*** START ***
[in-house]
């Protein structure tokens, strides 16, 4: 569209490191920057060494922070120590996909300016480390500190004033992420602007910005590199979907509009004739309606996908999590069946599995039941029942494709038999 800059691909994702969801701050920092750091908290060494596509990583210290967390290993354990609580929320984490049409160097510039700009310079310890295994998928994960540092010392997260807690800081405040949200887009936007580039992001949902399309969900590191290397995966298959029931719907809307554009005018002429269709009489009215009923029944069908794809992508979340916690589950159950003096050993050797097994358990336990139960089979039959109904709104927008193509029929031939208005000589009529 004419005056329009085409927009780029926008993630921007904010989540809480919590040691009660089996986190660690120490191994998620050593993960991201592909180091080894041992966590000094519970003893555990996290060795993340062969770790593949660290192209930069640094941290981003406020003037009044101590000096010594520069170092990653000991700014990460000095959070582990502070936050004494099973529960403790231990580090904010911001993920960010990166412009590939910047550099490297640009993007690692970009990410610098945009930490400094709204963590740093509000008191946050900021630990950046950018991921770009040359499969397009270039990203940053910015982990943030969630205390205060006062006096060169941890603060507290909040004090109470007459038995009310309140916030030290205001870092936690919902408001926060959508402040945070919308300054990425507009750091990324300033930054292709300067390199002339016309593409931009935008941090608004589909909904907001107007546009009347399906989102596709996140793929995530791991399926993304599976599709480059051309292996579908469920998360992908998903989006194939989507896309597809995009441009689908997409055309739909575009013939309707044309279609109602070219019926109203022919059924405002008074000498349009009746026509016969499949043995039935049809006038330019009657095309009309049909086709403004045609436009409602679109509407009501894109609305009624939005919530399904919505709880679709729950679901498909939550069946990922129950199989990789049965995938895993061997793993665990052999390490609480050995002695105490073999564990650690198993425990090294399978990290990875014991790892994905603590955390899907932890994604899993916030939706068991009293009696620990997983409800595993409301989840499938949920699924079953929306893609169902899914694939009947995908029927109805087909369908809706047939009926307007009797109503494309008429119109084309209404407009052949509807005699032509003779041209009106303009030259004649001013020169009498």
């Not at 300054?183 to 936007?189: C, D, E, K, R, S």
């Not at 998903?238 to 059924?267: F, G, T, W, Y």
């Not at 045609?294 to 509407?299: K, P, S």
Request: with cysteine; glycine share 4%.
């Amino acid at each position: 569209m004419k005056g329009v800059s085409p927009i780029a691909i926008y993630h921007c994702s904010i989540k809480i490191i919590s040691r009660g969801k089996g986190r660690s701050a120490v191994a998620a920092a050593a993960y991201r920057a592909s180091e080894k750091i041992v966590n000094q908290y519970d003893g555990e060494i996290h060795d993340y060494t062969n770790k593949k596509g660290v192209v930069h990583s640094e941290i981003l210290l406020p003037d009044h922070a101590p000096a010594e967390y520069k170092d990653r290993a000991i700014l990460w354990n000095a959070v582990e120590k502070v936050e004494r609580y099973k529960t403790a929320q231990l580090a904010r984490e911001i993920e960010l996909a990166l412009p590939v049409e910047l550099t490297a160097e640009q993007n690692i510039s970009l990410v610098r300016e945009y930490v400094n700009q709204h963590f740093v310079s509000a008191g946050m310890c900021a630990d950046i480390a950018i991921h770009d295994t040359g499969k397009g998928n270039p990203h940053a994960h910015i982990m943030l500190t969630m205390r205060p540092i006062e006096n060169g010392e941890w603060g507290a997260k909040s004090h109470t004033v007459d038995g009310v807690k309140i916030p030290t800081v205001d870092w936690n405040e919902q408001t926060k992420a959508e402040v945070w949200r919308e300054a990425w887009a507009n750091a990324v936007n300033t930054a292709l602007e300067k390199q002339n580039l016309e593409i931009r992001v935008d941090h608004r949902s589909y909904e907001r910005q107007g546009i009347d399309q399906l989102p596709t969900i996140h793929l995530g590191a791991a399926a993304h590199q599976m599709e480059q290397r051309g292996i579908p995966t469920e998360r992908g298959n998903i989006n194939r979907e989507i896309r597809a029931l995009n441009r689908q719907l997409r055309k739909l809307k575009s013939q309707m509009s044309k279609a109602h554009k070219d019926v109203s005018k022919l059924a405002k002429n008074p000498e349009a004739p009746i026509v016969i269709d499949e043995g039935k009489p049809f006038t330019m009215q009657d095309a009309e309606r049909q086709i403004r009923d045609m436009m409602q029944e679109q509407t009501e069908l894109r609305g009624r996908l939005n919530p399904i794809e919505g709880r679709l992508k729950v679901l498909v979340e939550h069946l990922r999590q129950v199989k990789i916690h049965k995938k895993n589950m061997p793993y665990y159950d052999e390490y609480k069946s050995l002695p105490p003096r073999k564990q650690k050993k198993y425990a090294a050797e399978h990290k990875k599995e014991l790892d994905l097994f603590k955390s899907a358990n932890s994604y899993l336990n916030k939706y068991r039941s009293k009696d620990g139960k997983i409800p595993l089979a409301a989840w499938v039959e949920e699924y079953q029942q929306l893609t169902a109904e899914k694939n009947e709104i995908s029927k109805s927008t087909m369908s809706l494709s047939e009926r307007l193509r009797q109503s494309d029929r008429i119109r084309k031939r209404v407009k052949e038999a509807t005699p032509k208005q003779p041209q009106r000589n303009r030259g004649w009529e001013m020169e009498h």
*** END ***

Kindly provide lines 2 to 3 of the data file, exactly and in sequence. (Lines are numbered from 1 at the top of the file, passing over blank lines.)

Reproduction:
């Protein structure tokens, strides 16, 4: 569209490191920057060494922070120590996909300016480390500190004033992420602007910005590199979907509009004739309606996908999590069946599995039941029942494709038999 800059691909994702969801701050920092750091908290060494596509990583210290967390290993354990609580929320984490049409160097510039700009310079310890295994998928994960540092010392997260807690800081405040949200887009936007580039992001949902399309969900590191290397995966298959029931719907809307554009005018002429269709009489009215009923029944069908794809992508979340916690589950159950003096050993050797097994358990336990139960089979039959109904709104927008193509029929031939208005000589009529 004419005056329009085409927009780029926008993630921007904010989540809480919590040691009660089996986190660690120490191994998620050593993960991201592909180091080894041992966590000094519970003893555990996290060795993340062969770790593949660290192209930069640094941290981003406020003037009044101590000096010594520069170092990653000991700014990460000095959070582990502070936050004494099973529960403790231990580090904010911001993920960010990166412009590939910047550099490297640009993007690692970009990410610098945009930490400094709204963590740093509000008191946050900021630990950046950018991921770009040359499969397009270039990203940053910015982990943030969630205390205060006062006096060169941890603060507290909040004090109470007459038995009310309140916030030290205001870092936690919902408001926060959508402040945070919308300054990425507009750091990324300033930054292709300067390199002339016309593409931009935008941090608004589909909904907001107007546009009347399906989102596709996140793929995530791991399926993304599976599709480059051309292996579908469920998360992908998903989006194939989507896309597809995009441009689908997409055309739909575009013939309707044309279609109602070219019926109203022919059924405002008074000498349009009746026509016969499949043995039935049809006038330019009657095309009309049909086709403004045609436009409602679109509407009501894109609305009624939005919530399904919505709880679709729950679901498909939550069946990922129950199989990789049965995938895993061997793993665990052999390490609480050995002695105490073999564990650690198993425990090294399978990290990875014991790892994905603590955390899907932890994604899993916030939706068991009293009696620990997983409800595993409301989840499938949920699924079953929306893609169902899914694939009947995908029927109805087909369908809706047939009926307007009797109503494309008429119109084309209404407009052949509807005699032509003779041209009106303009030259004649001013020169009498």
């Not at 300054?183 to 936007?189: C, D, E, K, R, S």